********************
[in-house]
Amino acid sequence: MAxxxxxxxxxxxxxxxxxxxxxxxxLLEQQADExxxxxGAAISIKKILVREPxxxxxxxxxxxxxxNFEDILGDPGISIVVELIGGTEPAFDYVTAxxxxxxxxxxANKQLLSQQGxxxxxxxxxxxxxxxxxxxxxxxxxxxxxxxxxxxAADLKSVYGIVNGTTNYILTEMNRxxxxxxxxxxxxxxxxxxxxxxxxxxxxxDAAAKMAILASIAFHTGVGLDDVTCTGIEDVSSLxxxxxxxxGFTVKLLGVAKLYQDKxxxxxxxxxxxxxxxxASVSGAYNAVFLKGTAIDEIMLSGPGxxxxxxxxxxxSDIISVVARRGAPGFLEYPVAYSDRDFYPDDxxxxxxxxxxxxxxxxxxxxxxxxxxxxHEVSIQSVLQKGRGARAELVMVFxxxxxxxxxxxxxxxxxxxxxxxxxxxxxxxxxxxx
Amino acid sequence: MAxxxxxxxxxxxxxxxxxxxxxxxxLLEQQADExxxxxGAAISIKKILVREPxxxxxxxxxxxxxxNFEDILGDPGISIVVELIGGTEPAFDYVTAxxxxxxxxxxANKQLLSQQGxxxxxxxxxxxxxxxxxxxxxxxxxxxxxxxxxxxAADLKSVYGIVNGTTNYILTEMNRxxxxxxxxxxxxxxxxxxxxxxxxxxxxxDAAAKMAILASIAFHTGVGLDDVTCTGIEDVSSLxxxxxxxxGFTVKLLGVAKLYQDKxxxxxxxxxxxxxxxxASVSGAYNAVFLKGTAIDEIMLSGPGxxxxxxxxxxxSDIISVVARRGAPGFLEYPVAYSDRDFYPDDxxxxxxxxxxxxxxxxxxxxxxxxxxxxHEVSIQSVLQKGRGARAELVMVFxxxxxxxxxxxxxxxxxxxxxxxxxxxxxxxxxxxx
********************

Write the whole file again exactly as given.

[in-house]
Amino acid sequence: MAxxxxxxxxxxxxxxxxxxxxxxxxLLEQQADExxxxxGAAISIKKILVREPxxxxxxxxxxxxxxNFEDILGDPGISIVVELIGGTEPAFDYVTAxxxxxxxxxxANKQLLSQQGxxxxxxxxxxxxxxxxxxxxxxxxxxxxxxxxxxxAADLKSVYGIVNGTTNYILTEMNRxxxxxxxxxxxxxxxxxxxxxxxxxxxxxDAAAKMAILASIAFHTGVGLDDVTCTGIEDVSSLxxxxxxxxGFTVKLLGVAKLYQDKxxxxxxxxxxxxxxxxASVSGAYNAVFLKGTAIDEIMLSGPGxxxxxxxxxxxSDIISVVARRGAPGFLEYPVAYSDRDFYPDDxxxxxxxxxxxxxxxxxxxxxxxxxxxxHEVSIQSVLQKGRGARAELVMVFxxxxxxxxxxxxxxxxxxxxxxxxxxxxxxxxxxxx
Amino acid sequence: MAxxxxxxxxxxxxxxxxxxxxxxxxLLEQQADExxxxxGAAISIKKILVREPxxxxxxxxxxxxxxNFEDILGDPGISIVVELIGGTEPAFDYVTAxxxxxxxxxxANKQLLSQQGxxxxxxxxxxxxxxxxxxxxxxxxxxxxxxxxxxxAADLKSVYGIVNGTTNYILTEMNRxxxxxxxxxxxxxxxxxxxxxxxxxxxxxDAAAKMAILASIAFHTGVGLDDVTCTGIEDVSSLxxxxxxxxGFTVKLLGVAKLYQDKxxxxxxxxxxxxxxxxASVSGAYNAVFLKGTAIDEIMLSGPGxxxxxxxxxxxSDIISVVARRGAPGFLEYPVAYSDRDFYPDDxxxxxxxxxxxxxxxxxxxxxxxxxxxxHEVSIQSVLQKGRGARAELVMVFxxxxxxxxxxxxxxxxxxxxxxxxxxxxxxxxxxxx